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The foreign lady grabbed me and my sister and pulled us away from Mommy. I didn’t want to leave. I looked at her sad and confused as she promised, “I’ll get you back.” I am 2.
My new foster mommy took me and my big sister to the big city with all the giant buildings. We rode the really large car she calls “El tren.” Everyone walks really fast here. We go into a big building and ride the elevator upstairs. The walls are gray. My real mommy is supposed to be here. She never comes. I am sad and confused. I am 4.
I graduate from kindergarten! I am smart and move onto the next grade! Both my mommies were there cheering me on and taking pictures of me! I am 5.
My foster mommy takes me back to see my real mommy. She buys me a scooter! I’ve always wanted a scooter! But it’s red, and looks like it’s for a boy and not a girl like me. I ask my real mommy if she can get it in pink and she says yes! But I never saw the scooter again. I was 6.
My foster mommy takes me back to see my real mommy again and I see a little boy and everyone tells me he’s my brother. But he doesn’t live with me. He has a foster mommy too. My real mommy bought him a present. He was excited and opened the new box. My real mommy gave me a doll and my foster mommy is mad. My foster mommy says it’s unfair to give me something old and used, while my brother gets something new. I don’t understand but I am sad. I am 7.
My foster mommy takes me to McDonald’s. She tells me I am not supposed to see my real mommy but she feels bad, so we go there. My brother is there with his foster mommy too. My real mommy shows and we play in the jungle gym and eat Happy Meals. We go to do this again sometime later and she never shows up. At home, I am quiet. I stay in my room and hear my foster mommy talk bad about my real mommy. I am mad. I don’t understand why she said she would come and didn’t.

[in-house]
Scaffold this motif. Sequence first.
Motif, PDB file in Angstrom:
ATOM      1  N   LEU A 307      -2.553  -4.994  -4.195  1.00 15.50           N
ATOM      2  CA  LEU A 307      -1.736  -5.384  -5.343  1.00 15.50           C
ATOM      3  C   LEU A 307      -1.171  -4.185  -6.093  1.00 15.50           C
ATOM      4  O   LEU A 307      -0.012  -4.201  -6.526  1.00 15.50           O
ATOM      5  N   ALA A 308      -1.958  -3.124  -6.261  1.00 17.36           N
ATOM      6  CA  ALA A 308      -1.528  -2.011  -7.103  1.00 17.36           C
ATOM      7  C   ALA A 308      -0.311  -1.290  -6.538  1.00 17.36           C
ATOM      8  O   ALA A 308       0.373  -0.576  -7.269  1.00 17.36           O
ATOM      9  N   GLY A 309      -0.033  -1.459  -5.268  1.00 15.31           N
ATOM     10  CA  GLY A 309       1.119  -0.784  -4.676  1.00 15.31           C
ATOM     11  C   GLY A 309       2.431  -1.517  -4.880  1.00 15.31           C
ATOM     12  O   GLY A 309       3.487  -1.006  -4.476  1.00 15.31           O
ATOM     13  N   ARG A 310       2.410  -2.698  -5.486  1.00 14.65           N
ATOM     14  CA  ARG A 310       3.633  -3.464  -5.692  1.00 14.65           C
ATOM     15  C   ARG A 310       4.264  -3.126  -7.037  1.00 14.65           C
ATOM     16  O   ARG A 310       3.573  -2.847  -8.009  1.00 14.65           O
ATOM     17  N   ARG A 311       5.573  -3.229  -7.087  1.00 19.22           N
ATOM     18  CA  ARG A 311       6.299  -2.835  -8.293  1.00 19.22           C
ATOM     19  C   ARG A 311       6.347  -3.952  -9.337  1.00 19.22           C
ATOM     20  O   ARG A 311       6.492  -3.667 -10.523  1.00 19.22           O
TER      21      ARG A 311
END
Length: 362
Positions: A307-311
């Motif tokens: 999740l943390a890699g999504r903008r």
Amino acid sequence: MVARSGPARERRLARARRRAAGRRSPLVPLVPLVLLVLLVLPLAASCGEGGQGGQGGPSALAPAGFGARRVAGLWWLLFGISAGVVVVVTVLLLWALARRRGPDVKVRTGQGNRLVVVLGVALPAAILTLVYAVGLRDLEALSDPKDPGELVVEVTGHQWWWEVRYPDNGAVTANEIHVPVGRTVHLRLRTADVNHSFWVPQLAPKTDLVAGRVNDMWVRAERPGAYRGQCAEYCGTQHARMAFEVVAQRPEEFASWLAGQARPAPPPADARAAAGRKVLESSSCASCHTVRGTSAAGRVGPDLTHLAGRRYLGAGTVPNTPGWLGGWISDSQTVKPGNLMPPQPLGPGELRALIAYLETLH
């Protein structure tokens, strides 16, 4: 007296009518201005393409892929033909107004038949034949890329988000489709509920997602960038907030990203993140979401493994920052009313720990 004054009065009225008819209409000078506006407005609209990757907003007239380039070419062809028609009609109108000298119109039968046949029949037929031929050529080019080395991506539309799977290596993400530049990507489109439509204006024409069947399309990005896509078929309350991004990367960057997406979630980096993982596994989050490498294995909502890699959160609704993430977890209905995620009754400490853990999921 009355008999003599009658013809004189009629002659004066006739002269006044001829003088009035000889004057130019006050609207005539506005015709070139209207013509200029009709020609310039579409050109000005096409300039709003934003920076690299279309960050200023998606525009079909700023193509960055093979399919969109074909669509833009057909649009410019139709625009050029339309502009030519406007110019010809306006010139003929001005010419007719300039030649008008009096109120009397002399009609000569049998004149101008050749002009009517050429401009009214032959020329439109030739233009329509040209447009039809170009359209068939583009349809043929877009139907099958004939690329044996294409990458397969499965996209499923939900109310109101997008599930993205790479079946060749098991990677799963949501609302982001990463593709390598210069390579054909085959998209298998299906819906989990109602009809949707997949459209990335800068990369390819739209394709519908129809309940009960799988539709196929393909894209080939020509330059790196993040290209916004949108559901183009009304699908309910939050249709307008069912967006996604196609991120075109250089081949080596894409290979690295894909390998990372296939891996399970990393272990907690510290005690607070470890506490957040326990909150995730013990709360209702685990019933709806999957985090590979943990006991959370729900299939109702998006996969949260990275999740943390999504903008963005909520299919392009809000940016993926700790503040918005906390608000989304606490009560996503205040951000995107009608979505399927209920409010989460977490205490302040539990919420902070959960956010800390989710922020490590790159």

My foster mommy asks me if I want to become adopted. I don’t know what that means. She tells me my last name will change to theirs and this will be my new official family. I already thought this was my family but I say yes because I hate my last name. I get made fun of all the time in school because it means “Left” in English. Gonzalez sounds better than Izquierdo. And my real mommy starts to seem less and less like a real mommy. I am 8.
My older sister’s dad takes my sister away from us. He wants to take me too but I don’t know him. He isn’t my dad and I say no. But I never see my sister again. I am sad. I am still 8.
A new girl comes into our home and it isn’t the first time. A lot of girls come into the house and sleep in the same room as me, only this time my big sister is gone and I miss her. I don’t really trust anyone at this point. The new girl is quiet. I hear she went through a lot of bad stuff at her other foster house. I am happy she is okay now.